• SHARE

The number of adults suffering from measles has risen sharply in recent months, with a Tokyo hospital reporting about 20 such cases in the last two months, according to officials at the Health and Welfare Ministry.

Medical institutions monitoring the disease have reported to the ministry that the number of people that have contracted measles since January total about 12,000, a threefold increase over the previous 12 months, the officials said.

Many reports came from Osaka, Chiba, Saitama and Kagawa prefectures, while most of those infected were in their 20s, they said.

Of those infected with measles so far this year, some 180 were adults. This figure exceeds by three or four times the total number of adult cases in 1999.

The officials attributed the rise to the fact that only 70 percent were vaccinated against measles in the early 1990s. Almost all youths were vaccinated in earlier decades.

“It’s not wrong to say the disease is prevalent this year. I’ve heard similar stories from other hospitals (that they are treating adult measles patients),” said Kyoichi Totsuka, a professor at Tokyo Women’s Medical University Hospital’s Department of Infectious Diseases.

Totsuka said that in January, the hospital had two cases of adult measles one after another and many more since then, with some patients requiring hospitalization.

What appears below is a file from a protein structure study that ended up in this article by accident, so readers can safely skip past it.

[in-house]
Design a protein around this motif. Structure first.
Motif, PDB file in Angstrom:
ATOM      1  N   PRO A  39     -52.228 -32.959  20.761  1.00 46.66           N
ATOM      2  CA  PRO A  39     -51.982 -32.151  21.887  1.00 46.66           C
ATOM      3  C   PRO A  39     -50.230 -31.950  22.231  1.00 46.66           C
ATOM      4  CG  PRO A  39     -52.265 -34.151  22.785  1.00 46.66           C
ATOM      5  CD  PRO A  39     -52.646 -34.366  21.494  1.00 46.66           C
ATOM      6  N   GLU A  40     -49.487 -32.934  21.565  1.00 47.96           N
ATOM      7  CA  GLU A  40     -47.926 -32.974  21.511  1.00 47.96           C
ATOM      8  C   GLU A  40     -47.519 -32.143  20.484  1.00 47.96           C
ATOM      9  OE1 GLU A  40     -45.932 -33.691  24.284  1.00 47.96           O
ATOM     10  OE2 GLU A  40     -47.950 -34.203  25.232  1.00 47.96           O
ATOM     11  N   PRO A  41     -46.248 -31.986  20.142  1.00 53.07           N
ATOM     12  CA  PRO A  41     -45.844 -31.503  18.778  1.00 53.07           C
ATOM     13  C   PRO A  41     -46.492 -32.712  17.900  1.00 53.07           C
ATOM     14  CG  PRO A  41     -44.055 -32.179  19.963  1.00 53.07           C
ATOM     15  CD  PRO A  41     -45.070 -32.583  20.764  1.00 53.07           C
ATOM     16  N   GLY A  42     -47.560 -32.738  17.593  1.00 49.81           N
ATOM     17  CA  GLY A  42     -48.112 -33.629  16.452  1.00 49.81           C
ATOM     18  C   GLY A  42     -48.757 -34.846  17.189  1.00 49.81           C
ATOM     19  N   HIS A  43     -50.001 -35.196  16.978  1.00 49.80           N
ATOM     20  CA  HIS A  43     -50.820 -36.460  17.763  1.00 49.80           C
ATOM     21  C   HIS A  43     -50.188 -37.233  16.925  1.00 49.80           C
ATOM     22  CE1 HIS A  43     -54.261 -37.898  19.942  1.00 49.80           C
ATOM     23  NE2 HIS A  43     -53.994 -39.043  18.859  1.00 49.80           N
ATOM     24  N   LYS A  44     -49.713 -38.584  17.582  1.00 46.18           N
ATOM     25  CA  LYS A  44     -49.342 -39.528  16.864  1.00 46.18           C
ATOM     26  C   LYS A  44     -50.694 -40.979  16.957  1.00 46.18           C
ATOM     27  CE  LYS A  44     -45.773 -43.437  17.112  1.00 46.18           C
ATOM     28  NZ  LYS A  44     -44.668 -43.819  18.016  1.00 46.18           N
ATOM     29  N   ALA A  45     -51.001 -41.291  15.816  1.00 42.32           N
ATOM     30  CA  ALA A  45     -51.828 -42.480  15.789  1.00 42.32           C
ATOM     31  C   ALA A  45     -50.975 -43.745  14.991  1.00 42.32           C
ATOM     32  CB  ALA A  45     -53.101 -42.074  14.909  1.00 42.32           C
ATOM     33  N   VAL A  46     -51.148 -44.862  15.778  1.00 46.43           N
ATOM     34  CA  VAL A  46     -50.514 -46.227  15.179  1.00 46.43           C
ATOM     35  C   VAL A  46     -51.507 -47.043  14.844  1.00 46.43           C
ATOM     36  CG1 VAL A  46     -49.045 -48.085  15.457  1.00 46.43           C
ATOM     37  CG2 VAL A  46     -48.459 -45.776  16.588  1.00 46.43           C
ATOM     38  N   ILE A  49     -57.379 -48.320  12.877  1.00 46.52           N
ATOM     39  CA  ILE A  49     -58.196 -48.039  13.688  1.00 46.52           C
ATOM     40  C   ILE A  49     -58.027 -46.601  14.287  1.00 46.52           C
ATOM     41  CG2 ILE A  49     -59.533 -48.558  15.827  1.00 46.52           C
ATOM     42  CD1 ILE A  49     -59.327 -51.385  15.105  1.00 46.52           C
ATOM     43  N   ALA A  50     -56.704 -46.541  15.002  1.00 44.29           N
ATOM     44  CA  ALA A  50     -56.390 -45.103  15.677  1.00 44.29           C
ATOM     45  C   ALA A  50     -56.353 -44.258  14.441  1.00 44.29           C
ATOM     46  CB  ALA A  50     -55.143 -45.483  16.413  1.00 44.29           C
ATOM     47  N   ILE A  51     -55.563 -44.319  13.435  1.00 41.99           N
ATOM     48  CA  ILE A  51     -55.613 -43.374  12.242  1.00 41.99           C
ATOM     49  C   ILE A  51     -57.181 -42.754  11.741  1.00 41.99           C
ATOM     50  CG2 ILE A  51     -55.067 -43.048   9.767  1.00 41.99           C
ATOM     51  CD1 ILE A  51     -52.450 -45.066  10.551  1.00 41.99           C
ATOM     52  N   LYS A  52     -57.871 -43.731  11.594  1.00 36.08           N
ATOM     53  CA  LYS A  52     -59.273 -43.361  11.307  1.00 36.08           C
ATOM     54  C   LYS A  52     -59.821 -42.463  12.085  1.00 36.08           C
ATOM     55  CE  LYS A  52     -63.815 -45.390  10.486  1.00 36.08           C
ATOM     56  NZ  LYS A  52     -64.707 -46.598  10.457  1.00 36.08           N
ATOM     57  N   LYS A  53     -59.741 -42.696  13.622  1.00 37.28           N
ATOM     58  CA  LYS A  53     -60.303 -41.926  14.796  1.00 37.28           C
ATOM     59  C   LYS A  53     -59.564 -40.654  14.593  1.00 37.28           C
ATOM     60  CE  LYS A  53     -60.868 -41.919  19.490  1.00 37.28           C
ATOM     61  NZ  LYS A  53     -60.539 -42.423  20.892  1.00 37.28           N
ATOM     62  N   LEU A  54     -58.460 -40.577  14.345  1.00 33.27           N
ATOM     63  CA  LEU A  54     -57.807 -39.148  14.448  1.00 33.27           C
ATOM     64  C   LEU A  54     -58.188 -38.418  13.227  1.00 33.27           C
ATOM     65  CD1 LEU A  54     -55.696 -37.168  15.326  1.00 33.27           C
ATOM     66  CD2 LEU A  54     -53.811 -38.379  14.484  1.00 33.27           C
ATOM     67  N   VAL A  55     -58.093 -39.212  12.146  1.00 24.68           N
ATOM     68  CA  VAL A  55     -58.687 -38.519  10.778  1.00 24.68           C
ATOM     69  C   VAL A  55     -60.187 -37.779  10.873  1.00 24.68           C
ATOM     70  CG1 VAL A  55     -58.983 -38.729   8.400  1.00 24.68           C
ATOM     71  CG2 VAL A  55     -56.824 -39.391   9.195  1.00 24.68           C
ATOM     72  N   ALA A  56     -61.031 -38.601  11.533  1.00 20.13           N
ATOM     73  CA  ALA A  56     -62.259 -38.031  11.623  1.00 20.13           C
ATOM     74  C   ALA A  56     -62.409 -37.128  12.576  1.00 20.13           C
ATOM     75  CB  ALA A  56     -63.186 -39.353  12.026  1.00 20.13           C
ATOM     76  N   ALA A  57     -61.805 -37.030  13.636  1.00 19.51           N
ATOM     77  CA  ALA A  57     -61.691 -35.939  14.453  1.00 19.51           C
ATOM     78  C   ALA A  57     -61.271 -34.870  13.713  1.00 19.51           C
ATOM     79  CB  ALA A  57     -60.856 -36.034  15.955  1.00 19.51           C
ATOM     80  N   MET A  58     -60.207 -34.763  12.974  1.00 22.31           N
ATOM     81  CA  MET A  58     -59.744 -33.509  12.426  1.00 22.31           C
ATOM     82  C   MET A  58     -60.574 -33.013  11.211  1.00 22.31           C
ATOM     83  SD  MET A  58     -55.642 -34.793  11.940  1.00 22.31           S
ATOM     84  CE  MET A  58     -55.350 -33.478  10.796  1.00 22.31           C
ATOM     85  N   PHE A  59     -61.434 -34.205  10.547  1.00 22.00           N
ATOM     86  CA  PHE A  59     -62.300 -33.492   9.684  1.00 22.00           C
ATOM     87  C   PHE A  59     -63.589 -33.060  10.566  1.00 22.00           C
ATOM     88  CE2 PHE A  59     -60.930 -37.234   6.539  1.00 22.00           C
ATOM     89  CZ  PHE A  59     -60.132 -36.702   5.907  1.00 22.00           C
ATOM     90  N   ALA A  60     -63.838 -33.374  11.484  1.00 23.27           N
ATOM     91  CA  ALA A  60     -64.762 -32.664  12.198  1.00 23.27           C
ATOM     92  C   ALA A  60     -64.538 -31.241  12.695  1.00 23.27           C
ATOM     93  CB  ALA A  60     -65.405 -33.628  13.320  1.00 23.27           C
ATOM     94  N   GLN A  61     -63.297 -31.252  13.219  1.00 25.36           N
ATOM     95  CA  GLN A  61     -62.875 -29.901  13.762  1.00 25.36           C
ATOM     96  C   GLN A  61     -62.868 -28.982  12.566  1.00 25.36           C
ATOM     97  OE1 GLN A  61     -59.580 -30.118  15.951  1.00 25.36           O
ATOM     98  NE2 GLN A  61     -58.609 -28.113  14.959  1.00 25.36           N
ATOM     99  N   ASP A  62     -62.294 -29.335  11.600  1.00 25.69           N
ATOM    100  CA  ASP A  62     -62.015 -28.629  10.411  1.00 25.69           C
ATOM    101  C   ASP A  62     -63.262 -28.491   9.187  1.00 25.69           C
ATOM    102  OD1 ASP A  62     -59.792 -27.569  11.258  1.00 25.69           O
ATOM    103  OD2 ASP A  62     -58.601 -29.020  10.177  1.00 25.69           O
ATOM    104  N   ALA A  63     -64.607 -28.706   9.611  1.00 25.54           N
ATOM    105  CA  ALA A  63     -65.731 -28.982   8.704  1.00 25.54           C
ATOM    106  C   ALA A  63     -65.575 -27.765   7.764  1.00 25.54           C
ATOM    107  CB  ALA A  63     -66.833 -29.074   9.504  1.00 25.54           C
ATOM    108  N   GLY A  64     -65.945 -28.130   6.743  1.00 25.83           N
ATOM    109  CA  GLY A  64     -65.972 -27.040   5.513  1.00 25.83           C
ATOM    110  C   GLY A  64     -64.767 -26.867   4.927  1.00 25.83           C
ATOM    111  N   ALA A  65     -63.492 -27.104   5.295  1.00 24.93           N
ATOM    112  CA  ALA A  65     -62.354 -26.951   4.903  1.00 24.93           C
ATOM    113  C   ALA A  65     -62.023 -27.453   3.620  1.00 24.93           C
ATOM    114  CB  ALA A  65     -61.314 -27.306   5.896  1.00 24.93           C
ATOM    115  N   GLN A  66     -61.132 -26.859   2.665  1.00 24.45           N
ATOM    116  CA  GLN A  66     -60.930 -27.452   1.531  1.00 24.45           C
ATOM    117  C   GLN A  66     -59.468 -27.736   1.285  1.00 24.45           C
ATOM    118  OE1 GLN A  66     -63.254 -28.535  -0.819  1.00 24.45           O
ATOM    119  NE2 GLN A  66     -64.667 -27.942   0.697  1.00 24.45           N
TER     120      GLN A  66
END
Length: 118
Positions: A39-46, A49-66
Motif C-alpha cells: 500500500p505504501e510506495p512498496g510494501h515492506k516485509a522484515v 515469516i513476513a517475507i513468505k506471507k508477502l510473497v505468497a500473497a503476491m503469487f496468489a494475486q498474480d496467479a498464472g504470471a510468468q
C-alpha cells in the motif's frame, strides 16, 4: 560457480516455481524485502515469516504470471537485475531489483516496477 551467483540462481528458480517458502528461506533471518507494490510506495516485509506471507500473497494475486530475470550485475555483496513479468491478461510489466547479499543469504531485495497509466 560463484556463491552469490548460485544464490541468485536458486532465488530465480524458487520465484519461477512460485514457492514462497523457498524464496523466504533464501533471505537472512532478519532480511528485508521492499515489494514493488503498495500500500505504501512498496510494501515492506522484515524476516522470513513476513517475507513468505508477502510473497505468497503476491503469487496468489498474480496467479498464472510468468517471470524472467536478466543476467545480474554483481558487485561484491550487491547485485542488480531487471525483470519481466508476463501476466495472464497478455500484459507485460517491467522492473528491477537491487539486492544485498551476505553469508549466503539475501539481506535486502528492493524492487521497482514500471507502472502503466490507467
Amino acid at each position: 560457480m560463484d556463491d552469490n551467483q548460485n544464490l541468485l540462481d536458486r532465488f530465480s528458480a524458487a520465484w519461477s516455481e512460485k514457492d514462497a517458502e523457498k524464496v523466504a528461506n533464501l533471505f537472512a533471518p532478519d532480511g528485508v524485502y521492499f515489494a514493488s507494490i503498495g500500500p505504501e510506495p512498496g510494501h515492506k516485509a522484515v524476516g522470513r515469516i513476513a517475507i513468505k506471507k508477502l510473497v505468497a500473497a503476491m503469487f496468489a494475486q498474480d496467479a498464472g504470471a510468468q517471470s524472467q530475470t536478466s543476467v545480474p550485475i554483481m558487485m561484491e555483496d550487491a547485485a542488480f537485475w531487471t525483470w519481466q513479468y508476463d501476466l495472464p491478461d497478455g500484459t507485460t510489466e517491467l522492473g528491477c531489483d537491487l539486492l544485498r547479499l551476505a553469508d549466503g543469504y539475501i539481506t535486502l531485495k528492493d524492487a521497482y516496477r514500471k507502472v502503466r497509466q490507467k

A man in his 50s contracted measles despite having had the disease as a child, he said.

Many of the patients who were reinfected with the virus had failed to be vaccinated, but there were cases in which those who were vaccinated became reinfected with the disease, he added.

Measles is generally considered a childhood disease, and those infected once usually do not contract the disease again.

“I have seen five cases of measles this week, and there is no sign that the number will fall,” said Ken Kikuchi, a lecturer at the university’s hospital.

“Women infected with the disease are more likely to miscarry or give birth prematurely,” Kikuchi said.

He said adults become susceptible to other serious diseases after contracting measles.

Measles, an acute contagious viral disease, is marked by an eruption of distinct red circular spots on the skin and a high fever.